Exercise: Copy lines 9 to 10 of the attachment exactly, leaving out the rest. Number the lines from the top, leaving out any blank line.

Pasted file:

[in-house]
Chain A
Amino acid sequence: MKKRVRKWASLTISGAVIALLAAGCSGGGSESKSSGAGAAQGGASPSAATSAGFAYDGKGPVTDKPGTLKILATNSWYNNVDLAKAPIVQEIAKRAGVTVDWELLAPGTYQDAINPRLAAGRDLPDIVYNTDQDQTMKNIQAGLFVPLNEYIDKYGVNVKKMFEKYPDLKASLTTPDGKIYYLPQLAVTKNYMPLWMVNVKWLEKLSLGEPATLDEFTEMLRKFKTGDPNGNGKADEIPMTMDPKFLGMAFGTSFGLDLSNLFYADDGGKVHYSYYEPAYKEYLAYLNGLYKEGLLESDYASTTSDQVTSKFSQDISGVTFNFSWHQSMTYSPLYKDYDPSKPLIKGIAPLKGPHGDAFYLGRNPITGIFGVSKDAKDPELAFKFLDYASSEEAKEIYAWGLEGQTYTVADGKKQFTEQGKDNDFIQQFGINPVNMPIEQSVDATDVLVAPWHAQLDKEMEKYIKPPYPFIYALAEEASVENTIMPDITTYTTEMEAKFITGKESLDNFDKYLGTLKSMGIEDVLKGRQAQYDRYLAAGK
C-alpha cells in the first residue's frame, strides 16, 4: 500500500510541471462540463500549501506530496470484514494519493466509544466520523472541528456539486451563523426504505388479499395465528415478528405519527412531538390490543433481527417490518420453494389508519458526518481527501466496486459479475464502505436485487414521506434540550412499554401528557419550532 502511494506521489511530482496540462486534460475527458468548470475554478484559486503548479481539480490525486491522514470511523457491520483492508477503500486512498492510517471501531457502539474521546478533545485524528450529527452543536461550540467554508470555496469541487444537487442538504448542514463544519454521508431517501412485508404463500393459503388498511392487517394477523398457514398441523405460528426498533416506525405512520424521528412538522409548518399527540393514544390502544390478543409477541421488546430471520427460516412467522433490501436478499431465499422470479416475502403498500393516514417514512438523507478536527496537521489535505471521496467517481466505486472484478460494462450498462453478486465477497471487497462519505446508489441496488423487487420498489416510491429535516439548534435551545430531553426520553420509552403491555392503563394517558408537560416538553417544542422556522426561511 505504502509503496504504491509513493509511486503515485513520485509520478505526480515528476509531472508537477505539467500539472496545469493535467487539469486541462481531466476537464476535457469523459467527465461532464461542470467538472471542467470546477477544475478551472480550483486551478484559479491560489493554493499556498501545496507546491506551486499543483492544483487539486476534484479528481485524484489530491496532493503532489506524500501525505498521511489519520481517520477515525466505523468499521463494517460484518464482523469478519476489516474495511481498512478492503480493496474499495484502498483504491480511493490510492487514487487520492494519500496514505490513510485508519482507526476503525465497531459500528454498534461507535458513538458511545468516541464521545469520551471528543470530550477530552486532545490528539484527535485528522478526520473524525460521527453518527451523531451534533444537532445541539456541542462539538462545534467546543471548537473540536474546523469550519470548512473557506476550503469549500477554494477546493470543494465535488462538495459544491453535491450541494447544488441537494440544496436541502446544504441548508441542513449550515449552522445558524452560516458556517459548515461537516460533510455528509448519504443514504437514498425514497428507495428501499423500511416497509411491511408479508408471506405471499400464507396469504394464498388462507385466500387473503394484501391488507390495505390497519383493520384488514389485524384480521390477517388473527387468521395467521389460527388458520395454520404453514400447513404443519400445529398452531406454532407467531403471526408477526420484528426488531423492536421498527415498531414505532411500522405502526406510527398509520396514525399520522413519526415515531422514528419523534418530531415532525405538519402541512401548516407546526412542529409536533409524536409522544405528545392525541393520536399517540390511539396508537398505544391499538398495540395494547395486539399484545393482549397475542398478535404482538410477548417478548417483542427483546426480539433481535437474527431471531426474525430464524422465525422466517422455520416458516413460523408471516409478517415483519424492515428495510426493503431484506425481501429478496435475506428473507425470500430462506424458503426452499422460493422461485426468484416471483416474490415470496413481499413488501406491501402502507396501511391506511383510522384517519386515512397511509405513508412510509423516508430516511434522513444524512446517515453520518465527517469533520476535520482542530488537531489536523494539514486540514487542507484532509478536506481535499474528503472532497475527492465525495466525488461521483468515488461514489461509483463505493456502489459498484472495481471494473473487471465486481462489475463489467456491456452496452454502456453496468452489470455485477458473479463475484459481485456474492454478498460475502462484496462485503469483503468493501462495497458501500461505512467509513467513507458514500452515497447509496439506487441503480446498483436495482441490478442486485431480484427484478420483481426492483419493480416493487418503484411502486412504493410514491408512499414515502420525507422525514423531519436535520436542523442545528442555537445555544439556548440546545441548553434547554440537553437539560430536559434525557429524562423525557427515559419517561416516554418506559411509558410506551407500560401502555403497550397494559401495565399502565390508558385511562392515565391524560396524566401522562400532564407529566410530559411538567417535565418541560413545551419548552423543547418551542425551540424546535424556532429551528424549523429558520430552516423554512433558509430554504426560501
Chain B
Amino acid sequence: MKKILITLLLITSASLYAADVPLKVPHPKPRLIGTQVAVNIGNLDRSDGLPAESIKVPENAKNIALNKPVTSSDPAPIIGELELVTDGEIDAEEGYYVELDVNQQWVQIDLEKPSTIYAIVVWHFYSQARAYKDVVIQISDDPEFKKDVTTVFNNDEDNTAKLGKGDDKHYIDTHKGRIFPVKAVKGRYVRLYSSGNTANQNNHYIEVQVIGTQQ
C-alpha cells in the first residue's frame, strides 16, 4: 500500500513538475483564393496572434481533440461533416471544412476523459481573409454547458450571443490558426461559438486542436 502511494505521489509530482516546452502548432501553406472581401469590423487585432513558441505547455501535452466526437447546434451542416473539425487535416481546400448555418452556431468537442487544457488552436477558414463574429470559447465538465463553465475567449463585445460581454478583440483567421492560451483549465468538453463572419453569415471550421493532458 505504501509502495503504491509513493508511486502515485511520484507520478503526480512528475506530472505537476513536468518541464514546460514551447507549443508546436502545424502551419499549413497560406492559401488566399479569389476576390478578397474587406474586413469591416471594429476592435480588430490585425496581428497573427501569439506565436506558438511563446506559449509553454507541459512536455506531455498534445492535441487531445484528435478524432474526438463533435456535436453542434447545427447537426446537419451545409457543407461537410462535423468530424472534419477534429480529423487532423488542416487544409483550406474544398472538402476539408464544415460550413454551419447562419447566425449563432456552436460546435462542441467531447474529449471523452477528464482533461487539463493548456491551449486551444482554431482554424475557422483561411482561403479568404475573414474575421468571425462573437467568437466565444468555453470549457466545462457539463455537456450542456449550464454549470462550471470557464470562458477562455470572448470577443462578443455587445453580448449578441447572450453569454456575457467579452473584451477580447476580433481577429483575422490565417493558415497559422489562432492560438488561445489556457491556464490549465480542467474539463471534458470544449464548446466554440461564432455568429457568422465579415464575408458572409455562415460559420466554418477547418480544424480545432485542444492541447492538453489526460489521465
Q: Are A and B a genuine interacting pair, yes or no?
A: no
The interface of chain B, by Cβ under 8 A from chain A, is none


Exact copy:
A: no
The interface of chain B, by Cβ under 8 A from chain A, is none